We Work -
Bryan and Beard Wetland Refuges
(Private - GPC lands)
66 acre Klingel Wetland on the North Shore of Hood Canal
near Belfair is protected in perpetuity by Great Peninsula
Conservancy (GPC). This rich wetland is home to bald eagles,
waterfowl, songbirds, river otters, coyotes, beaver, and
deer. Rarer species such as trumpeter swans, white pelicans,
and the elusive Virginia rail sometimes reward patient observers.
The property was donated to Great Peninsula Conservancy
in 1985 by Elizabeth Klingel. Subsequent land donations
by Judge Robert and Cathy Bryan, and Oda Beard bring the
total conserved acreage to 90 acres.
the early 1950s, a 13-acre piece of the property was diked
to create pasture and hayfields. The land ceased to be farmed
35 years ago and much of the pasture became a freshwater
wetland. The dike continued to exclude saltwater from reaching
into the wetland.
August 2011, a restoration project removed the dike allowing
the tides of Hood Canal to begin reclaiming the land. As
the land reverts to tidal saltmarsh, marine animals and
salt-tolerant plants will find a home here. Eventually,
the restored saltmarsh will provide prime habitat for immature
salmon and cutthroat, as well as countless shellfish and
other marine organisms.
Historical maps, aerial photos and surveys show that several
tidal channels were severed when the 1450-foot farm dike
was constructed in the 1950s. These channels were reestablished
in their historical locations during the 2011 restoration
to optimize habitat diversity.
part of the restoration, a new dike was built closer to
State Route 300 to protect the road and adjoining properties
from possible flooding.
restoration project was overseen by the Natural Resources
Conservation Service as part of USDA's Wetland Reserve Program.
will the refuge look like after restoration ?
will take several years before the freshwater species are
replaced by salt-tolerant species typical of a high saltmarsh
community. In the process, many invasive, non-native species
will be eliminated. Eventually, it will look like much of
the land at the nearby Theler Wetland and at GPC's adjoining
Jimmy Bryan Wetland – 21.5 acres directly opposite the Theler
saltwater will kill the freshwater vegetation rather quickly,
but the saltwater species will take several years to get
established. During this interim period, the 13 acres will
look a little muddy and desolate. The transformation will
be interesting to watch. A similar, but much larger, restoration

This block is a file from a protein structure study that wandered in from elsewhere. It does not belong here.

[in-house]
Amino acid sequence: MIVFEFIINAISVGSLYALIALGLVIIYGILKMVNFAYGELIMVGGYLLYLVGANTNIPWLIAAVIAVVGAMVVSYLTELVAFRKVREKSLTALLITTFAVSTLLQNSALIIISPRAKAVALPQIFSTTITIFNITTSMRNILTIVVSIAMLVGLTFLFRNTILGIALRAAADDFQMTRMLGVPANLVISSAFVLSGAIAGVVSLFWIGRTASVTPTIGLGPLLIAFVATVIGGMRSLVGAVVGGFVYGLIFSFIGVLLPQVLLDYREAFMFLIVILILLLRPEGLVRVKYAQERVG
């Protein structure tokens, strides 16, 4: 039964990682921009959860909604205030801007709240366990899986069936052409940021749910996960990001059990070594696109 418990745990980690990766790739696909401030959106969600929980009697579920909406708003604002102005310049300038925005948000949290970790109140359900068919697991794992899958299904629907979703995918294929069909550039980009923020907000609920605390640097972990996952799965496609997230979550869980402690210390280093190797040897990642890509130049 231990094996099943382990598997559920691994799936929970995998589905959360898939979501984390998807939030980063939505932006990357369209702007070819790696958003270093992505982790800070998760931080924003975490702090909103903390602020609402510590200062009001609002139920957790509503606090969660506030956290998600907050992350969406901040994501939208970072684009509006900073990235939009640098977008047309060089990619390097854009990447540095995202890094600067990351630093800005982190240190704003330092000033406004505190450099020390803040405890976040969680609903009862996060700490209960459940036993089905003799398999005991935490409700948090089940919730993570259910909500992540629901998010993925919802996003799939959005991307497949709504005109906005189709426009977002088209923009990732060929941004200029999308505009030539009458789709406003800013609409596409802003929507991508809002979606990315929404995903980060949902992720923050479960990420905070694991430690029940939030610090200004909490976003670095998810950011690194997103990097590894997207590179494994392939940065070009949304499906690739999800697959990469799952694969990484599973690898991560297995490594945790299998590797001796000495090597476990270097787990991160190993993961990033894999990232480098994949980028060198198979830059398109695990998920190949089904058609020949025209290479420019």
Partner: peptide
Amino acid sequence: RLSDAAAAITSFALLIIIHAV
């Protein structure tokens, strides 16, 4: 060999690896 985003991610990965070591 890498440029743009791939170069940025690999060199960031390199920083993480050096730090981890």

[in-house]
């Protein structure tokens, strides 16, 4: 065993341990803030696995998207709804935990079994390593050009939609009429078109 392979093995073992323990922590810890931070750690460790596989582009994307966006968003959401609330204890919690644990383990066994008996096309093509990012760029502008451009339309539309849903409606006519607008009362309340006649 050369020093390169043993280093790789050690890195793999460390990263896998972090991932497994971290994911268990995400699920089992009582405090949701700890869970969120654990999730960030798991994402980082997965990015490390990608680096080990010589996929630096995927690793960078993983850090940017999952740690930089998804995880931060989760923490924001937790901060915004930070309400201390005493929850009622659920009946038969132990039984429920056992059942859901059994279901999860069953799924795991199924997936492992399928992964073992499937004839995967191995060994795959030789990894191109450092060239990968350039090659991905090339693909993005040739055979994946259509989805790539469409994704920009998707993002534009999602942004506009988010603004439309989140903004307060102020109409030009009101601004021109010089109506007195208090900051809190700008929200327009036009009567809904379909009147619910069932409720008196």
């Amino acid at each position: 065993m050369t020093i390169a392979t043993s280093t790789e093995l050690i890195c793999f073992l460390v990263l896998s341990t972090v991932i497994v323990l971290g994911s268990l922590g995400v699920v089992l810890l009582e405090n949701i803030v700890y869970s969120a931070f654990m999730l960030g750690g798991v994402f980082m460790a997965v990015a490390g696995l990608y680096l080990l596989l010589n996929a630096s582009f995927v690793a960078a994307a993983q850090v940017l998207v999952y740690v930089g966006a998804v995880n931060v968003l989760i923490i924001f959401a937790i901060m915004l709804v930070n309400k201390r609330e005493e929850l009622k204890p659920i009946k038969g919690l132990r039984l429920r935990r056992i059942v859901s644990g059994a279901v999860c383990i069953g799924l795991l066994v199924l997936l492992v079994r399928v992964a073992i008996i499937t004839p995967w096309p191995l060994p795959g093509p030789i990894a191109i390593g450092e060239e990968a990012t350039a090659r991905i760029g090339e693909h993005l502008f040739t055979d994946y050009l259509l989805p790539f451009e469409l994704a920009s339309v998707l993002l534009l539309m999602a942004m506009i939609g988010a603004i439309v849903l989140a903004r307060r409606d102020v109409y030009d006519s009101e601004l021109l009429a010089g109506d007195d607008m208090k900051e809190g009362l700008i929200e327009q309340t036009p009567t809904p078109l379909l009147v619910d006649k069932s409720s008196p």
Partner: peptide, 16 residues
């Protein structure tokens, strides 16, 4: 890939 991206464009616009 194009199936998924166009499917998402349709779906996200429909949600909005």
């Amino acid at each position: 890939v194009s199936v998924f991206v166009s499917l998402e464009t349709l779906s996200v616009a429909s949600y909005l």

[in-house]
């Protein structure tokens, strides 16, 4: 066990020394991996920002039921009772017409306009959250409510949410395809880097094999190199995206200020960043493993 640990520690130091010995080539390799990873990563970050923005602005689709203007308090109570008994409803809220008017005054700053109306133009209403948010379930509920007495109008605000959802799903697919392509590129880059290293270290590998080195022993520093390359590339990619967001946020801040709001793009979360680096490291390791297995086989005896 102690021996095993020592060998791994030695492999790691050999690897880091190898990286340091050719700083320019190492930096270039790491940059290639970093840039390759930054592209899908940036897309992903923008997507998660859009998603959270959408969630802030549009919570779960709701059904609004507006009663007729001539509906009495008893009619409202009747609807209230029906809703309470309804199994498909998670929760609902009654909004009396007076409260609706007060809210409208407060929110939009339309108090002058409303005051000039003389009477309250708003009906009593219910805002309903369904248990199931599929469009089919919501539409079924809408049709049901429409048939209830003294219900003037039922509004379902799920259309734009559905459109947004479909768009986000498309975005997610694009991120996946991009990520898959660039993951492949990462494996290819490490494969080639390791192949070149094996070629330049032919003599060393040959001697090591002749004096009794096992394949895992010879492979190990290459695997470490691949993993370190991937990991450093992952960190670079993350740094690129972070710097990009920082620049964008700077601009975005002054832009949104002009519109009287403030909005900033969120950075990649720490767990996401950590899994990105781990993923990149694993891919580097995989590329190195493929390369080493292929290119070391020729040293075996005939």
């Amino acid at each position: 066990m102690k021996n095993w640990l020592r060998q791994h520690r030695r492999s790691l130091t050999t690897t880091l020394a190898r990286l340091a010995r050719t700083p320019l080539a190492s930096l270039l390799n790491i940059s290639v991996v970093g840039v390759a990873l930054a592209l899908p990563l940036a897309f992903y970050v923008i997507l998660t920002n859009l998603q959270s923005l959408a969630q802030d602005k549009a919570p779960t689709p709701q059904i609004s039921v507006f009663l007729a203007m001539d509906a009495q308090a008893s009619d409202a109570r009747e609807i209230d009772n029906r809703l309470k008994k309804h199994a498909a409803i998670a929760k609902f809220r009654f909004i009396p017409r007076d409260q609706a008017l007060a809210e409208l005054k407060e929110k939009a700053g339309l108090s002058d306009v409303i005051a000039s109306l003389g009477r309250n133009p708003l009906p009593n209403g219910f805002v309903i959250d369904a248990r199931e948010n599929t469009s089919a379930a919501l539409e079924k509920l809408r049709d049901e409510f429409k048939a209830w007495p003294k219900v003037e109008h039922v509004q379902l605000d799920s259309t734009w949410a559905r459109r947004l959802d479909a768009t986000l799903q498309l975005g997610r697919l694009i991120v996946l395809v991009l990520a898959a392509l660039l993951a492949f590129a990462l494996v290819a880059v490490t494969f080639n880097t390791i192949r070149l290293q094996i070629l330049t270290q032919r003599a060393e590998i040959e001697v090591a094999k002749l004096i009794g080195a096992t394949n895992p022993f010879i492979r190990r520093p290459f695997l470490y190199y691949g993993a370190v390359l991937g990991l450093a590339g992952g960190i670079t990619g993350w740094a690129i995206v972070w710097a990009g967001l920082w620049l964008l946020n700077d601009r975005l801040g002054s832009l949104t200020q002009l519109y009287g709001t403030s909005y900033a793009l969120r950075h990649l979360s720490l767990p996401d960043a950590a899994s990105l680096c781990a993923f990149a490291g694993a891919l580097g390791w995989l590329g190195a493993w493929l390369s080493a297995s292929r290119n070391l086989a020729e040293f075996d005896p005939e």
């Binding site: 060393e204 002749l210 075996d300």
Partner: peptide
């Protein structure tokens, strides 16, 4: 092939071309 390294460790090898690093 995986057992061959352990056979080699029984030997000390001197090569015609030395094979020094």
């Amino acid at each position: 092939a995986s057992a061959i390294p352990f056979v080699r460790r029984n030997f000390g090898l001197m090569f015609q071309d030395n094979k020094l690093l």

project at Nisqually National Wildlife Refuge near Olympia,
completed in October 2009, provides a sneak peak at what
we might expect.
Peninsula Conservancy will monitor the slow restoration
of the saltwater environment at the Klingel Wetland and
will plant native plant species to speed recovery.
There will be much to see during the restoration process.
Great Peninsula Conservancy would like to share this outdoor
classroom with the community. Where appropriate, educational
signs, displays and trails to bring visitors up close to
the natural forces at work are being considered. GPC looks
forward to involving the community in some of the restoration
work and monitoring as the project progresses.
Since the turn of the last century, man has nibbled away
at the vast salt marshes which once spread throughout Washington's
Puget Sound. Diking, draining, and bulkheading have all
taken shorelines away from Hood Canal, diminishing its health
and productivity. Great Peninsula Conservancy and our partners
are excited to restore a small section of the Hood Canal
Great Peninsula Conservancy is the landowner, the USDA Natural
Resources Conservation Service (NRCS) holds a conservation
easement on the restored land. NRCS oversaw development
of the restoration plan and provided significant project
funding. Additional project funding was provided by Washington
Recreation and Conservation Office and Washington Department
of Fish and Wildlife through the Salmon Recovery Program
and Estuary & Salmon Restoration Program. Other project
partners include Hood Canal Salmon Enhancement Group (project
consultant for the restoration design work), ESA Inc. (consulting
engineer for the restoration design), Hood Canal Coordinating
Council, Washington Department of Fish and Wildlife, Ducks
Unlimited, Mason County, and Zephyr's Inc. (restoration